Visiting sacred places can have a profoundly positive impact on people’s lives. Earth is dotted with power centers where people have experienced visions, healings, prophecies, inspiration or insight into the meaning of their lives. Stonehenge in England, the Pyramids in Egypt, Machu Picchu in Peru, Sedona in Arizona and Mount Shasta in California are among the world’s best known power sites, but there are over 1,000 stone circles, holy wells, sacred forests, healing springs, oracle caves and pagan temples across the planet that have been attracting visitors since ancient times.
The healing power of sacred places
Only 30 miles from Santa Fe, New Mexico is El Santuario de Chimayo where 300,000 visitors each year come to scoop sand from a hole in the floor of the “Room of Miracles.” Its walls are lined with letters and photographs from hundreds of thankful pilgrims who say they were healed here. Cornwall, in the southwest of England, has more than a dozen holy wells where, like Lourdes in France, miraculous cures have been reported for hundreds of years.
Jean Shinoda Bolen, MD, a psychiatrist and clinical professor at the University of California, documented the healing power of both prayer and pilgrimage in her book, Close to the Bone. “The energy of sacred places is very subtle,” she said. “The healing capacity of a place can aid the healing process similar to the way that prayer can. When someone goes on a pilgrimage believing they may be healed there, they can set powerful forces into motion.”
Vision quests lead to self-understanding
Going on vision quests is a North American native tradition that has become a popular New Age practice. It involves spending time alone in an isolated, often wilderness setting, in hope of receiving a message to guide one’s life. When Helene A. Shik leads spiritual tour groups to islands in Scotland’s Inner Hebrides, she often includes a vision quest opportunity at a holy well called Tobar na h’oige (the Fountain of Youth) on the tiny island of Iona. A popular pilgrimage site for Pagans and Christians alike, Iona is the burial place of 48 ancient Scottish kings, including Duncan, who was murdered by Macbeth in 1040. Shik says Iona was a sacred isle for pre-historic Celts and later for the Druids. “It’s a place where the veil between the worlds is thin,” she says, “where we can transcend time and space.” Shik says her tours give people new perspectives on their lives, enabling them to understand themselves more clearly. “Sometimes people learn more about themselves in two weeks with me than they could in 20 years of therapy.”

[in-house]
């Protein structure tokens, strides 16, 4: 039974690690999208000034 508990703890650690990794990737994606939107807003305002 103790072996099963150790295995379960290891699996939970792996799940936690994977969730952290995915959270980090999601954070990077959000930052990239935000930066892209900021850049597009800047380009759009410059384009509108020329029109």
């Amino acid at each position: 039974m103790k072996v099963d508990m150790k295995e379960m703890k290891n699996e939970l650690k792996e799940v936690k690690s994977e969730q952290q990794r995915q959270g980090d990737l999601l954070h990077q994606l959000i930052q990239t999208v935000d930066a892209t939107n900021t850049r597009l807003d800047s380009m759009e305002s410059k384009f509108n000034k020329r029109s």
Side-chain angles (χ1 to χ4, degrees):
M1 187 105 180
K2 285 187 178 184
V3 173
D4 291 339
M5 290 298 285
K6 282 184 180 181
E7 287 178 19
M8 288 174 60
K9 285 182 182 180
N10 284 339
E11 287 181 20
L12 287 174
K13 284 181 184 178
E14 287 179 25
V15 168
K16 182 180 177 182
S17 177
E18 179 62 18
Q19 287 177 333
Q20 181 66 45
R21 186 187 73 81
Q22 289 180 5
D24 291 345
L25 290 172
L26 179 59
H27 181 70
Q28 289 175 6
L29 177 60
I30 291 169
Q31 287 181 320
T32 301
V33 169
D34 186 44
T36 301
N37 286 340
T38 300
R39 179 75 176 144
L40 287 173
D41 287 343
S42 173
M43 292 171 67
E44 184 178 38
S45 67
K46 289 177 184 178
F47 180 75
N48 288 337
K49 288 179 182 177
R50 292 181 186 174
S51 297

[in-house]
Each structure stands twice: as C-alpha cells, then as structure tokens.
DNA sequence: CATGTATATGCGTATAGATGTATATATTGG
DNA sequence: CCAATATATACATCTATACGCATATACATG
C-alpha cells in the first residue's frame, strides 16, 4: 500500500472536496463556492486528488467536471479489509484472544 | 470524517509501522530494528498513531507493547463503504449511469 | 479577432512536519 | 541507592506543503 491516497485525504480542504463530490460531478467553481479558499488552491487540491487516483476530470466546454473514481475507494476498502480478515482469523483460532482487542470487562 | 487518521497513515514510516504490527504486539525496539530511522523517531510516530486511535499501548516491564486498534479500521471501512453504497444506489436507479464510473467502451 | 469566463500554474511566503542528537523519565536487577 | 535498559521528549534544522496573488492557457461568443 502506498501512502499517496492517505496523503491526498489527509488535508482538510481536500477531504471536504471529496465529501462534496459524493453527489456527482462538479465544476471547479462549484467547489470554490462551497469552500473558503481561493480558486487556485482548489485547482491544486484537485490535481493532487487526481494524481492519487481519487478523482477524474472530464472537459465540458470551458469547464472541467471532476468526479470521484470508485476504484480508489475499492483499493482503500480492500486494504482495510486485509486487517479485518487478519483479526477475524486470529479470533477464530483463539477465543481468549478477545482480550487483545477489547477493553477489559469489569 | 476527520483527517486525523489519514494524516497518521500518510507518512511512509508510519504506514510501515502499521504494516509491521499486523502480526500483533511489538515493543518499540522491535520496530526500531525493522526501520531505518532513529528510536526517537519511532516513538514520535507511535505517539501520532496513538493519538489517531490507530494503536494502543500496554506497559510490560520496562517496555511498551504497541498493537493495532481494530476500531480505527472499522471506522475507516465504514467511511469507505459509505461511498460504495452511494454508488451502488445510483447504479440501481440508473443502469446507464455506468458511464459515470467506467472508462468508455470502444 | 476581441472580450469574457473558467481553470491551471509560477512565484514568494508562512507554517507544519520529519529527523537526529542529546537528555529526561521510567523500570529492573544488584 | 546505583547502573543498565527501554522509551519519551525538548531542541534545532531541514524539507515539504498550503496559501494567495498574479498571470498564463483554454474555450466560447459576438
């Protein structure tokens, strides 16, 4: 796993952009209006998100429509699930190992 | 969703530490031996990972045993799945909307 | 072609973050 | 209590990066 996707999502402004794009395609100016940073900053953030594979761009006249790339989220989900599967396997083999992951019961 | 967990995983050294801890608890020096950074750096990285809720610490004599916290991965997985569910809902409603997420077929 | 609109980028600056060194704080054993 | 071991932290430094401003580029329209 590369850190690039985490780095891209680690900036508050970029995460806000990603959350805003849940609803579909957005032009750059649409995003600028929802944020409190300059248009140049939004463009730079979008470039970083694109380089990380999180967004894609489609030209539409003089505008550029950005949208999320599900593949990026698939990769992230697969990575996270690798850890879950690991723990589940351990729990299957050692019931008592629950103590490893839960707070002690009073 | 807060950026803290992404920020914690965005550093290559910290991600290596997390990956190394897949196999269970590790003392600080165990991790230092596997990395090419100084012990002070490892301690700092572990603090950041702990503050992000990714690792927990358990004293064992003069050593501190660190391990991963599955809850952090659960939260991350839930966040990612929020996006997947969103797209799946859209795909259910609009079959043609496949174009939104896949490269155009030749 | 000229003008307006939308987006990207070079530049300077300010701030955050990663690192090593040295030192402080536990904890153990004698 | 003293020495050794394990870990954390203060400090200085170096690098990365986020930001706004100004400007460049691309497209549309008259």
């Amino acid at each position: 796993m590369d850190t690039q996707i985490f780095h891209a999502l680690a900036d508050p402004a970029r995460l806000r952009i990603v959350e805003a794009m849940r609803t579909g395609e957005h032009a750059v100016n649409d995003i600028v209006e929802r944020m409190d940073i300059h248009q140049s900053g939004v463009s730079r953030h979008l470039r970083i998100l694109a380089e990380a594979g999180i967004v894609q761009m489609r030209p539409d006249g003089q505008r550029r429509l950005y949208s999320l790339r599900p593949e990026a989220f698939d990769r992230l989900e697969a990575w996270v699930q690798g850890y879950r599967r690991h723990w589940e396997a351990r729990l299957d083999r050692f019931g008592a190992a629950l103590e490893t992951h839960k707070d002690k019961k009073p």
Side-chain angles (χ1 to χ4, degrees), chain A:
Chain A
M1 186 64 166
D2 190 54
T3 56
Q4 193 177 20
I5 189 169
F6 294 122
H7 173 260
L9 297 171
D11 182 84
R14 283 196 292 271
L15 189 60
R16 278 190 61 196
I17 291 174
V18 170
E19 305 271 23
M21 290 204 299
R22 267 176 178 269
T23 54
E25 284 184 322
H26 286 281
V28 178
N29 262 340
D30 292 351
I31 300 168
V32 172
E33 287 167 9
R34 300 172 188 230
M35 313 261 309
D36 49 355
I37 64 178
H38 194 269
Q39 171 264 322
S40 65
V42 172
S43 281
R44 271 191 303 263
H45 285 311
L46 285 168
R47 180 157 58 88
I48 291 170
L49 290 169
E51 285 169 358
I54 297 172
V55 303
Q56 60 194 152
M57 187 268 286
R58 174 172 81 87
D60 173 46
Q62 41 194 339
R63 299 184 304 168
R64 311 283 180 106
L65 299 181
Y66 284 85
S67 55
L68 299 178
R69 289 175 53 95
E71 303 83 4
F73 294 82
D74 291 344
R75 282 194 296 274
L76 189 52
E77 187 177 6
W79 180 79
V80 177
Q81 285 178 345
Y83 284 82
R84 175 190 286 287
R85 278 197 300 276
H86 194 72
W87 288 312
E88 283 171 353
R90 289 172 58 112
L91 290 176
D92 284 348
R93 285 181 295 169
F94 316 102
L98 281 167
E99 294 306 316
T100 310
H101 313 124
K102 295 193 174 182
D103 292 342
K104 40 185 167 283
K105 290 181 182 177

Sedona vortexes stimulate creativity
One of the most power energy centers in the USA is Sedona, Arizona. Once a secret known to few outsiders save for Hollywood crews who filmed countless western movies in its picturesque canyons, Sedona became an artists’ colony in the 1950s when surrealist painter and sculptor Max Ernst and author Kahlil Gibran moved in. After the 1987 Harmonic Convergence was held in Sedona, it became the New Age center of the country. A 1995 study by the Chamber of Commerce found that 64% of Sedona’s four million visitors per year come to find “some kind of spiritual experience.” The focal points of Sedona’s power are four energy vortexes, identified in 1980 by trance medium Paige Bryant.
It is a rare visitor who does not feel invigorated by the vortex energy. Many people who retire to Sedona because of its mild climate and beautiful scenery suddenly develop an interest in painting, sculpture or crafts work, even though they had no previous artistic interests. It is not uncommon for visitors to fall in love with Sedona, buy homes there, and then a few months later have to move out because they are unable to withstand the constant force of so much energy. Sedona is also the headquarters for dozens of astrologers, psychics, spiritual counselors, massage therapists and other energy workers. A local psychic association member joked that “Sedona is the only city in the world with 1,500 channels and no TV station.”
How to get the most from sacred sites
People hoping for a transformational travel experience can enhance their chances of a non-ordinary event by preparing in advance of their visit. Before a native youth went on a vision quest, he or she would train with a shaman to learn about the spirit world. They might take part in extensive prayers, fasting, drumming, chanting, dancing and even psyotropoic herbs or mushrooms. You can’t expect to have a similar quality experience if you simply show up at a place like Stonehenge, buy a ticket, follow a tour guide around and take a few pictures. Dr. Jean Shinoda Bolen suggests, “You need to approach a pilgrimage site with an attitude of openness. Since you are going there to be affected by the place, you have to allow yourself to be affected.” At the very least, you should approach a sacred place with a humble attitude and ask permission from the spirits before you enter.